Laboratory of Computer and Information Science / Neural Networks Research Centre CIS Lab Helsinki University of Technology
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Fetching data from publications

In this exercise we get ourselves familiar with the process of obtaining data that could be used for modeling biological networks. We will not focus on the databases, but instead study on what kind of public data sets have been presented and analyzed in recent high-level publications. In this exercise we will not analyze the data sets, but the data available in these publications can be used later in the project work.

Below is a list of articles that all describe or use publicly accessible data. Pick 2-4 of them, quickly read the relevant sections of the papers to see what kind of data they have analyzed, and then proceed to find the data in the web. Some of the data files are small, and you should then download them in order to take a look, while some are so big that we cannot right now download them.

Write down a few observations from each of the papers you chose. An example could be something like: "PPI data from baker's yeast, obtained using mass spectrometry. Contains X interactions (binary values) between Y proteins. The data is stored in a tab-delimited file, which looks easy to parse." You can also write down what they did with the data in the paper.


  1. Nevan J Krogan et al. 2006 Global landscape of protein complexes in the yeast Saccharomyces cerevisiae. Nature. 2006 Mar 30; 440: 637-643
  2. Anne-Claude Gavin et al. 2006 Proteome survey reveals modularity of the yeast cell machinery. Nature. 2006 Mar 30; 440: 631-636
  3. Schwikowski,B., Uetz,P. & Fields,S. (2000) A network of protein-protein interactions in yeast. Nature Biotechnology 18 (12): 1257-1261
  4. Uetz P, et al. A comprehensive analysis of protein-protein interactions in Saccharomyces cerevisiae. Nature. 2000 Feb 10;403(6770):623-7.
  5. Yuen Ho et al. Systematic identification of protein complexes in Saccharomyces cerevisiae by mass spectrometry. 2002. Nature 415, 180-183 (10 January 2002)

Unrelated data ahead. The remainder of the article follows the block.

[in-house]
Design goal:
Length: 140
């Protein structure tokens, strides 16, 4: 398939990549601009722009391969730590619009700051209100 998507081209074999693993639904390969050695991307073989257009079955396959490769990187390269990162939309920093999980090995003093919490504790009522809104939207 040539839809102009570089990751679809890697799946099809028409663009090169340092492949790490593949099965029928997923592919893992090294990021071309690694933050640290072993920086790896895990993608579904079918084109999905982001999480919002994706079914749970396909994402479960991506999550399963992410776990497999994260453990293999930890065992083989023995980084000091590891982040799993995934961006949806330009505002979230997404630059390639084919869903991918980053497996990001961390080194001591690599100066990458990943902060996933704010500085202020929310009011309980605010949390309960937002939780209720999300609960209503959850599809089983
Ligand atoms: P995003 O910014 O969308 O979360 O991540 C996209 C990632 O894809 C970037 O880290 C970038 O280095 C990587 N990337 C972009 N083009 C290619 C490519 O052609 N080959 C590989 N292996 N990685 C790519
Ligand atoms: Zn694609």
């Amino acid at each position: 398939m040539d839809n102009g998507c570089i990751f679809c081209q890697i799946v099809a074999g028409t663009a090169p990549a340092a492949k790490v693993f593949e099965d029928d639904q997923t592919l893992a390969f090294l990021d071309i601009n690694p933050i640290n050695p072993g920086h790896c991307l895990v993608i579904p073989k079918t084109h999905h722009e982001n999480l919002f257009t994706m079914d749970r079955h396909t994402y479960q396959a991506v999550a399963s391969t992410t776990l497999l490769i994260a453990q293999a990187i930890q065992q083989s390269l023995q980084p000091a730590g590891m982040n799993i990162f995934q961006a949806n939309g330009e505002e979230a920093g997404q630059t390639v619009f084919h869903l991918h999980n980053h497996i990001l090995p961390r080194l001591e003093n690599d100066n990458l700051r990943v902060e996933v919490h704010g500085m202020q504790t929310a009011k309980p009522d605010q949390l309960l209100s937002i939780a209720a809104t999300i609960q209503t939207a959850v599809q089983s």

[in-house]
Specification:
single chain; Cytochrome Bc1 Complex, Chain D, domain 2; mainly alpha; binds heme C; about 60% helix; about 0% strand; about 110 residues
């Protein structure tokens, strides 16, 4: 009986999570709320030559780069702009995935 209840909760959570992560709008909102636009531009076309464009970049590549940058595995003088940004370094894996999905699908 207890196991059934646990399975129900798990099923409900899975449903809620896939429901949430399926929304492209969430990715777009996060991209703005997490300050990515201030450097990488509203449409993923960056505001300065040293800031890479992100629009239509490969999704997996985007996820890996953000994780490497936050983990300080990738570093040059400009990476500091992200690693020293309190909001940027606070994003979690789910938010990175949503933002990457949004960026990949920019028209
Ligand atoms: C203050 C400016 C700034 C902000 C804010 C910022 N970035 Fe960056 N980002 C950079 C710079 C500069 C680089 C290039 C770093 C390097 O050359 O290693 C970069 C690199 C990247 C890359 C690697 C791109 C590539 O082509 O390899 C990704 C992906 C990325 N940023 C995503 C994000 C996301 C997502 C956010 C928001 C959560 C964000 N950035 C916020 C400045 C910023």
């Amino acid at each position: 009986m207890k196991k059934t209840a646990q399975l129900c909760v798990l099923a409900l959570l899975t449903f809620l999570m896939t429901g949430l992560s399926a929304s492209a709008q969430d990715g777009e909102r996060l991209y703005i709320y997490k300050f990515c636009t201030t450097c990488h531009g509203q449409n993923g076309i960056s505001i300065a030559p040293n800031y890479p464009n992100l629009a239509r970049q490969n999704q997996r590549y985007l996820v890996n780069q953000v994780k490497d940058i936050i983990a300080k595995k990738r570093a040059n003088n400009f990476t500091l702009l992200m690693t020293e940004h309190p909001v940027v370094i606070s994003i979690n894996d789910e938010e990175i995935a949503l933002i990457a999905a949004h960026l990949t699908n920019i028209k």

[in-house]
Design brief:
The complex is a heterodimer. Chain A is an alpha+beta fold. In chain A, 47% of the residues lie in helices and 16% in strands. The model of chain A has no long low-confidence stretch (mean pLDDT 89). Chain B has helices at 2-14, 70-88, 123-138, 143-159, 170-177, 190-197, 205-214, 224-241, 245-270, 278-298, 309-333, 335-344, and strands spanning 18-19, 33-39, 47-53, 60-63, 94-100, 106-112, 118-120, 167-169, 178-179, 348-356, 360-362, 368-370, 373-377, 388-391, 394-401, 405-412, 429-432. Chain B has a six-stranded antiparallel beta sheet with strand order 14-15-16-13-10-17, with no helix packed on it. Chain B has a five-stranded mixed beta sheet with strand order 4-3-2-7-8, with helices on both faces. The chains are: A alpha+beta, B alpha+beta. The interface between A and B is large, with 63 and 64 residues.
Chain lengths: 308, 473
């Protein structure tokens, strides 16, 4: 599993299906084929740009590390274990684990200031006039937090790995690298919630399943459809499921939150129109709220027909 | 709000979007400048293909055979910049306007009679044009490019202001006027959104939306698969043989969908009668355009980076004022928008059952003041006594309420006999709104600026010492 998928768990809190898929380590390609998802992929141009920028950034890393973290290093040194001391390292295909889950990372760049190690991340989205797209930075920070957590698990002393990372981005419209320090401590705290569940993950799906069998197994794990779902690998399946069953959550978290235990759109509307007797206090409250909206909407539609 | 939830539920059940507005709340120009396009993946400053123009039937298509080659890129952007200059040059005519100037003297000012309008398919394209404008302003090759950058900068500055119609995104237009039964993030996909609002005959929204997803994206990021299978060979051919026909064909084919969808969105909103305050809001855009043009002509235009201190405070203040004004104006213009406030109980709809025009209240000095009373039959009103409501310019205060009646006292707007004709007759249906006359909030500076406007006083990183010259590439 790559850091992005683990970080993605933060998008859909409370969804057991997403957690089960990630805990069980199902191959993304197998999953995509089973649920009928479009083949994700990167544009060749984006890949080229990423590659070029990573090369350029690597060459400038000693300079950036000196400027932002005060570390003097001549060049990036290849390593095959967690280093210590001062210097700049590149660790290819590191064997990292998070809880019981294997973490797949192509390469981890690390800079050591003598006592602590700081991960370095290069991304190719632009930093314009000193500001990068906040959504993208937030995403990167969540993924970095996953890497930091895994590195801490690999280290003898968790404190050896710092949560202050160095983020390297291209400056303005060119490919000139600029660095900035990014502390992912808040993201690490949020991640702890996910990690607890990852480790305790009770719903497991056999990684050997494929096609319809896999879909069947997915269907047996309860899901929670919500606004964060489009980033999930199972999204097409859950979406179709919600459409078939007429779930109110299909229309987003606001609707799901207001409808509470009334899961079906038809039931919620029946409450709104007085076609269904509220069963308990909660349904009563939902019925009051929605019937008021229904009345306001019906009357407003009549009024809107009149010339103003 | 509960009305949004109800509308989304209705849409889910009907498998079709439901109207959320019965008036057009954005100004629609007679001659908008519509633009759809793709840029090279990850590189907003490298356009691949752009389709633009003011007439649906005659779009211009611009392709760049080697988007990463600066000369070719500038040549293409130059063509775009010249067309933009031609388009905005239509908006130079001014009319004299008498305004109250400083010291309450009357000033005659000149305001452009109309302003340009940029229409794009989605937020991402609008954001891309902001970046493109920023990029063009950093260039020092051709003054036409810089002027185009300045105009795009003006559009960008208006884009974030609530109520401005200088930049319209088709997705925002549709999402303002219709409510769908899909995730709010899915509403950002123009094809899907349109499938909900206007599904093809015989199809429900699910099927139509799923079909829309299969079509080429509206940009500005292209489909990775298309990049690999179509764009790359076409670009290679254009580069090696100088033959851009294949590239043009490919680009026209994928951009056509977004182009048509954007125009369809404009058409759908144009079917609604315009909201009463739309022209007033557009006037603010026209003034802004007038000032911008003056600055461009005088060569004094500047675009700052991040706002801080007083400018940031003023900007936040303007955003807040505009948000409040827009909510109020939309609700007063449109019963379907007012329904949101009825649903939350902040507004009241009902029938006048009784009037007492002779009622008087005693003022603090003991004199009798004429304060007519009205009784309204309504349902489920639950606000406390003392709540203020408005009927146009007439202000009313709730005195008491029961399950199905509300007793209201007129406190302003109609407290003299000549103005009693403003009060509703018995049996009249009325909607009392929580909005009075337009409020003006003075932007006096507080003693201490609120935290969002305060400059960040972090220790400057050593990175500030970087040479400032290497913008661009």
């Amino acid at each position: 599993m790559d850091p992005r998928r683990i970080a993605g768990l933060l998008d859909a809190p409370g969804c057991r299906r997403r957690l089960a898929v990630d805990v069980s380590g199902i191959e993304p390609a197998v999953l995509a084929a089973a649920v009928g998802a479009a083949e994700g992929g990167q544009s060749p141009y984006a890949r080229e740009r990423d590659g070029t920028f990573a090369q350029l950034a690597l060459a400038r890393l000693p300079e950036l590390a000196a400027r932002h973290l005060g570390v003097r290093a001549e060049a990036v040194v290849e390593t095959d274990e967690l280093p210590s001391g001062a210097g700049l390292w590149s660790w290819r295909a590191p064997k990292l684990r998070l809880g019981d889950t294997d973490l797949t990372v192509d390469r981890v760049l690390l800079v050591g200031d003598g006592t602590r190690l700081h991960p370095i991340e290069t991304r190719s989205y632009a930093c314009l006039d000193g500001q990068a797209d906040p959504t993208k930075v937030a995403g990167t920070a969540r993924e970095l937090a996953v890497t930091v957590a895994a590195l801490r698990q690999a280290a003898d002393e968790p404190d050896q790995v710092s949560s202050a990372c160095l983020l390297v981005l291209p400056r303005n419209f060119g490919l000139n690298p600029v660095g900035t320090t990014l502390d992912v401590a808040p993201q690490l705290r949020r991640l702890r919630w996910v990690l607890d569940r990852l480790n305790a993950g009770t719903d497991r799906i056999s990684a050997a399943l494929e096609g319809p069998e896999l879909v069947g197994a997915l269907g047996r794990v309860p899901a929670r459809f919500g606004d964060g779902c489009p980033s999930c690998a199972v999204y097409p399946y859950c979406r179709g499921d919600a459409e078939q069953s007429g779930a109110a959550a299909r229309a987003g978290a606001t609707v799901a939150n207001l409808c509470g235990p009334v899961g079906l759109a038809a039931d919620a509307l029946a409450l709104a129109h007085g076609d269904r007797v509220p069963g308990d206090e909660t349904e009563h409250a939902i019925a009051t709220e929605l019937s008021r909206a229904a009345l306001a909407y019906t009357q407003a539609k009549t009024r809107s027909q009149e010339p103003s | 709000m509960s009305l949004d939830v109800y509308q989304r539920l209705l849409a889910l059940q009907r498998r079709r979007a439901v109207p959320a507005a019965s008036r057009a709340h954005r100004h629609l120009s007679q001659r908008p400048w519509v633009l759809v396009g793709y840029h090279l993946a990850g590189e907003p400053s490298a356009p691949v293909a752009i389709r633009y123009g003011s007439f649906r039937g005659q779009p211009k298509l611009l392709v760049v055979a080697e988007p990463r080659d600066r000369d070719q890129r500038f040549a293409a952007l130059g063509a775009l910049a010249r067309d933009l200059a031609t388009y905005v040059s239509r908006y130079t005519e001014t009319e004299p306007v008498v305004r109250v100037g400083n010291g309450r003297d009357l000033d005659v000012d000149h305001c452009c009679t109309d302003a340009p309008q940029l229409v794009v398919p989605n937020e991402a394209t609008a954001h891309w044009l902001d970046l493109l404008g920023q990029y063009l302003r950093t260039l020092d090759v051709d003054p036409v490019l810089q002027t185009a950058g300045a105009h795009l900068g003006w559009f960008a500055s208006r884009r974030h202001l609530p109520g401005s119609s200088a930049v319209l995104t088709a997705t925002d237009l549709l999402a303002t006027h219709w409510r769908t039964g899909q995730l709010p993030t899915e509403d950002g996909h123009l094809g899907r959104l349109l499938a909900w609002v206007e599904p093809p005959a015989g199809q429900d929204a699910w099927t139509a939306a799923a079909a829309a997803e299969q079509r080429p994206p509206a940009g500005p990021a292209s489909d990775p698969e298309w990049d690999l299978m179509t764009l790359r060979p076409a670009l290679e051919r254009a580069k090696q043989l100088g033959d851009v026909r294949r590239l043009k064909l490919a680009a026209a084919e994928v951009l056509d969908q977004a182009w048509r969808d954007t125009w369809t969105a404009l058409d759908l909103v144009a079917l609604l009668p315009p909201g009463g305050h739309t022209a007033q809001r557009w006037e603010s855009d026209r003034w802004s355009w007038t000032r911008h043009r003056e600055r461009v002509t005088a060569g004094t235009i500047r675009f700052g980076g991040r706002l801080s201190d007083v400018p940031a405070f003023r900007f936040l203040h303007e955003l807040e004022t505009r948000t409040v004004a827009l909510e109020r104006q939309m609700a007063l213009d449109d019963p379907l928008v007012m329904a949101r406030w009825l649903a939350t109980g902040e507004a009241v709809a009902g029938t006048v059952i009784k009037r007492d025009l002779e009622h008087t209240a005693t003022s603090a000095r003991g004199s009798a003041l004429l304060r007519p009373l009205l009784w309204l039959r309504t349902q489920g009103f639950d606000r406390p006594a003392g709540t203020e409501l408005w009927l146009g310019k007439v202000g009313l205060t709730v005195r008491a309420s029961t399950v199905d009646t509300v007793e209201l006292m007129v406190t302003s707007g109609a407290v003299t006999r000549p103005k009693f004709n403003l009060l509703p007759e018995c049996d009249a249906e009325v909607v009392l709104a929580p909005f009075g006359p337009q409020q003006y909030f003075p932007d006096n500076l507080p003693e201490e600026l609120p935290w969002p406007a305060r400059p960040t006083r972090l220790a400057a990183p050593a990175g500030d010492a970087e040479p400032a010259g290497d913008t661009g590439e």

6. Titz, B. et al. 2004. What do we learn from high-throughput protein interaction data and networks? Expert Reviews in Proteomics 1 (1): 89-99
  7. Nizar N Batada et al. Stratus Not Altocumulus: A New View of the Yeast Protein Interaction Network. PLoS Biol. 2006 Sep 19;4 (10).
  8. Sean R Collins et al. 2007 Towards a comprehensive atlas of the physical interactome of Saccharomyces cerevisiae. Mol Cell Proteomics. 2007 Jan 2.
  9. Rob M Ewing et al. 2007 Large-scale mapping of human protein-protein interactions by mass spectrometry. Mol Syst Biol. 2007 ; 3: 89. Epub 2007 Mar 13.
  10. Ganghi et al. 2006. Analysis of the human protein interactome and comparison with yeast, worm and fly interaction datasets. Nature genetics 38: 285-293.
  11. Ptacek et al. 2005. Global analysis of protein phosphorylation in yeast. Nature 438: 679-684.
  12. Tong et al. 2004. Global mapping of the yeast genetic interaction network. Science 303: 808-813.
  13. Ghaemmaghami et al. Global analysis of protein expression in yeast. Nature 425: 737-741
  14. Ihmels et al. Principles of transcriptional control in the metabolic network of Saccharomyces cerevisiae. 2004 Nature Biotechnology 22: 86-92

Some of the data is likely to be in the general databases. Here are links to few of those. Even if the articles you chose did not link to these, you should take a brief look at what each has to offer.

"Solutions" to the exercise

  1. Yeast PPI data in form of link propabilities, found in supplementary material
  2. Nobody was interested...
  3. Yeast PPI data in binary form, collected from several sources
  4. Yeast PPI data; no downloadable version was found, only a web interface for individual interactions
  5. Nobody was interested...
  6. Fruit fly PPI data, binary, easily obtained from DIP database
  7. Yeast PPI data, binary, in supplementary information
  8. Yeast PPI data, likelihoods of interactions, uses previous data
  9. Nobody was interested...
  10. Data from protein chips, distributed as excel-files
  11. Yeast data in a pdf-file, needs heavy parsing
  12. Yeast proteome data, easy to obtain in plain text and from database
  13. Expression and network data for yeast, compiled from several sources and the combination is not available

Wireless internet access

The accounts you received can be used for authentication in the Aalto wireless network, which should work in most places in Otaniemi. See Aalto web page for instructions. Essentially you only need to set the net password using "passwd" in the unix command shell. You can also use the same command to change the master password, but make sure you don't forget the new one.

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